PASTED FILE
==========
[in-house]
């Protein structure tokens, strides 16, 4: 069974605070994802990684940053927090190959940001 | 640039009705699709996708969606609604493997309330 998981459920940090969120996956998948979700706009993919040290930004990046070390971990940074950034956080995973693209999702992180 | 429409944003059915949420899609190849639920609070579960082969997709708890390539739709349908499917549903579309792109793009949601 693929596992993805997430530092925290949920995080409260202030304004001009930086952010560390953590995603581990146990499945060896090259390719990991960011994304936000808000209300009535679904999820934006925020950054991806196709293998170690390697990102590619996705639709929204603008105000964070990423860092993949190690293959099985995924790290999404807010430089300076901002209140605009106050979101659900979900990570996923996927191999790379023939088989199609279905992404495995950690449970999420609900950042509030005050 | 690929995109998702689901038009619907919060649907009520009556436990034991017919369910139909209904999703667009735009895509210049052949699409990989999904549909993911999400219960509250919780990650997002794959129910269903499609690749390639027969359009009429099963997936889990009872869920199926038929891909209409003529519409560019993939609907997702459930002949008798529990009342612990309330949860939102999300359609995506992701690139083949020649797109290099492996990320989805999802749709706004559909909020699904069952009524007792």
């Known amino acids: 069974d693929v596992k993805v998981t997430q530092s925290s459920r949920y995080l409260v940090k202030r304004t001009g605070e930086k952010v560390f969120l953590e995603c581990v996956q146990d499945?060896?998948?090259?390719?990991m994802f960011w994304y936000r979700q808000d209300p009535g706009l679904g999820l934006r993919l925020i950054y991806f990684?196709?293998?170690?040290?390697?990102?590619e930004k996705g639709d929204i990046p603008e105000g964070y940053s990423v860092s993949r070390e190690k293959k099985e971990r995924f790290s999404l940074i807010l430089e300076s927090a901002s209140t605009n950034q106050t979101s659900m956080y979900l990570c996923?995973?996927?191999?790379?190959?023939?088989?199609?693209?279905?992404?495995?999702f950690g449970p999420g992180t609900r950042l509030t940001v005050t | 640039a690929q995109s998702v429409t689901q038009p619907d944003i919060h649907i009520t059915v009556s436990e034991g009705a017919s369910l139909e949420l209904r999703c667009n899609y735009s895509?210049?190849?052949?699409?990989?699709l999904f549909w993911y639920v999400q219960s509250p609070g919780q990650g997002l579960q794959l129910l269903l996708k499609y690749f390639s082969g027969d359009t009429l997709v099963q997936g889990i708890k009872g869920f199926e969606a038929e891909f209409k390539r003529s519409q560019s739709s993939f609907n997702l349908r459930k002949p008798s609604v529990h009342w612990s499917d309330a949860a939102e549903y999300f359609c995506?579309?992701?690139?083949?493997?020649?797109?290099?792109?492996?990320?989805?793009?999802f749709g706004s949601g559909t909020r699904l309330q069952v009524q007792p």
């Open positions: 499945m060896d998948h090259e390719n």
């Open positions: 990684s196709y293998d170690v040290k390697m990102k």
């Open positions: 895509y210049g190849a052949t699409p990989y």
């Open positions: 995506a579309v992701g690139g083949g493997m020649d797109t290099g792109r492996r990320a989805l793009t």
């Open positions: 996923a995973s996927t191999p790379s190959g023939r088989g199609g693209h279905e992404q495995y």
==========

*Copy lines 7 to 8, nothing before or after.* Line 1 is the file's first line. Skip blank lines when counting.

């Open positions: 995506a579309v992701g690139g083949g493997m020649d797109t290099g792109r492996r990320a989805l793009t």
């Open positions: 996923a995973s996927t191999p790379s190959g023939r088989g199609g693209h279905e992404q495995y």